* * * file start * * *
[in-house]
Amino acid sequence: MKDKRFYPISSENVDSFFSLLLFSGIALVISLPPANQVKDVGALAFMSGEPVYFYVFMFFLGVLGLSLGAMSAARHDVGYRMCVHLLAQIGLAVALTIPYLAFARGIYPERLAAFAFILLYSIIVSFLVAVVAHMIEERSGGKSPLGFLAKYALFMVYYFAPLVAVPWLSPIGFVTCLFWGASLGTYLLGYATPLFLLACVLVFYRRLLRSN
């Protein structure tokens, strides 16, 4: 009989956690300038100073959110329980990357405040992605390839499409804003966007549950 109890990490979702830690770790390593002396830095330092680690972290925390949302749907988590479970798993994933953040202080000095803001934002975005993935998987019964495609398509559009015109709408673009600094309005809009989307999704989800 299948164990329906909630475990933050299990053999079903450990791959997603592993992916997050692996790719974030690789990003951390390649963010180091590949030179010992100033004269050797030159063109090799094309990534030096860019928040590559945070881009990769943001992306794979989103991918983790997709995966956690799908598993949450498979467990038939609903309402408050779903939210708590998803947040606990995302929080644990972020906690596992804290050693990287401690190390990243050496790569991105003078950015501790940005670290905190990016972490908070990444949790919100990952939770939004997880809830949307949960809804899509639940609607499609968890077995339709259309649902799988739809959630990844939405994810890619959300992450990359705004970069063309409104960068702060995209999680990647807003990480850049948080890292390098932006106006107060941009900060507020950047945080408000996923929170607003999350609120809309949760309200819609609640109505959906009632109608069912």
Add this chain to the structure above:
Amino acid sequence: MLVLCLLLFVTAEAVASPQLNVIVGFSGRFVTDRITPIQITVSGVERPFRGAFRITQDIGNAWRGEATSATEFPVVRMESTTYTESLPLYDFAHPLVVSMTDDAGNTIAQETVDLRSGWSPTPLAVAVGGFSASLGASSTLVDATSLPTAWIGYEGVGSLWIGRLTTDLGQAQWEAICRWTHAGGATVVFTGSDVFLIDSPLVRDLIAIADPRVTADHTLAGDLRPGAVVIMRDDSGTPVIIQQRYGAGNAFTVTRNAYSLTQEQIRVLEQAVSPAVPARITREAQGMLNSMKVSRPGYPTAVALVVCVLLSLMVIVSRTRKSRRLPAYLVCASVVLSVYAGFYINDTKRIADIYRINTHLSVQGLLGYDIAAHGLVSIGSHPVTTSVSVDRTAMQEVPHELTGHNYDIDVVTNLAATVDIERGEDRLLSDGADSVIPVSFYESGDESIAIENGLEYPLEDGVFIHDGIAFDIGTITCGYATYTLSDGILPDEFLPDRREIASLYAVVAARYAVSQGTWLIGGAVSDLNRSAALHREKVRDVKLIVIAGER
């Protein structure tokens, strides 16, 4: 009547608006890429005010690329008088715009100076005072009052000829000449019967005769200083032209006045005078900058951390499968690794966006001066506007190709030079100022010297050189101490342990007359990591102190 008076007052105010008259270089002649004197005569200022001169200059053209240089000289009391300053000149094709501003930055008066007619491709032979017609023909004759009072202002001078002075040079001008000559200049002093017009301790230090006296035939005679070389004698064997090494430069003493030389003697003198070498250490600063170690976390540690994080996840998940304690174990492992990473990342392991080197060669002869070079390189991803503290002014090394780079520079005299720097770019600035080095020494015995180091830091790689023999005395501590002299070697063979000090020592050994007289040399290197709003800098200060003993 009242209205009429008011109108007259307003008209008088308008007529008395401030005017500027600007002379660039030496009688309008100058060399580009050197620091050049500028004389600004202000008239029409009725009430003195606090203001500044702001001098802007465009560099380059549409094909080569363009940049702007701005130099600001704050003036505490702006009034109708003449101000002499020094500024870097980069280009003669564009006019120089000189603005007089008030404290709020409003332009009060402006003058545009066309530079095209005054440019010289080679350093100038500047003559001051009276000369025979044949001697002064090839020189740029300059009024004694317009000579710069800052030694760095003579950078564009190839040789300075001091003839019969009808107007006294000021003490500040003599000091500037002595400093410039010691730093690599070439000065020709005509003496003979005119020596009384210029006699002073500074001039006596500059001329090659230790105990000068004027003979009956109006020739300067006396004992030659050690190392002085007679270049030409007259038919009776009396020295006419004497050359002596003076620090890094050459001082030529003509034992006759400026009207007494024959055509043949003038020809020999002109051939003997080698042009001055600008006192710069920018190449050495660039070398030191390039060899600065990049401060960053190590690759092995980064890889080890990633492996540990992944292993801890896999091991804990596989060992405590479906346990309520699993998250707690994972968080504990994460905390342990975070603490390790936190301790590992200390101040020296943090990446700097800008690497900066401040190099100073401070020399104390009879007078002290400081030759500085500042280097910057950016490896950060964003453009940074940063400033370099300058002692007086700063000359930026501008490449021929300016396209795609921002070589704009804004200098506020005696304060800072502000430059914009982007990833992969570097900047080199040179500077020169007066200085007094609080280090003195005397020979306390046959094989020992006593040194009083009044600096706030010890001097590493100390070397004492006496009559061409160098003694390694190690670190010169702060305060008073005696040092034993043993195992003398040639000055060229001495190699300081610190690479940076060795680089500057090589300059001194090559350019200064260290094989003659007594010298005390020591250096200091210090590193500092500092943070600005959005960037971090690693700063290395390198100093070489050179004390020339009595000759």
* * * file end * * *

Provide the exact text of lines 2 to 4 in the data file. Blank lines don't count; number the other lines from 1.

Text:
Amino acid sequence: MKDKRFYPISSENVDSFFSLLLFSGIALVISLPPANQVKDVGALAFMSGEPVYFYVFMFFLGVLGLSLGAMSAARHDVGYRMCVHLLAQIGLAVALTIPYLAFARGIYPERLAAFAFILLYSIIVSFLVAVVAHMIEERSGGKSPLGFLAKYALFMVYYFAPLVAVPWLSPIGFVTCLFWGASLGTYLLGYATPLFLLACVLVFYRRLLRSN
């Protein structure tokens, strides 16, 4: 009989956690300038100073959110329980990357405040992605390839499409804003966007549950 109890990490979702830690770790390593002396830095330092680690972290925390949302749907988590479970798993994933953040202080000095803001934002975005993935998987019964495609398509559009015109709408673009600094309005809009989307999704989800 299948164990329906909630475990933050299990053999079903450990791959997603592993992916997050692996790719974030690789990003951390390649963010180091590949030179010992100033004269050797030159063109090799094309990534030096860019928040590559945070881009990769943001992306794979989103991918983790997709995966956690799908598993949450498979467990038939609903309402408050779903939210708590998803947040606990995302929080644990972020906690596992804290050693990287401690190390990243050496790569991105003078950015501790940005670290905190990016972490908070990444949790919100990952939770939004997880809830949307949960809804899509639940609607499609968890077995339709259309649902799988739809959630990844939405994810890619959300992450990359705004970069063309409104960068702060995209999680990647807003990480850049948080890292390098932006106006107060941009900060507020950047945080408000996923929170607003999350609120809309949760309200819609609640109505959906009632109608069912």
Add this chain to the structure above: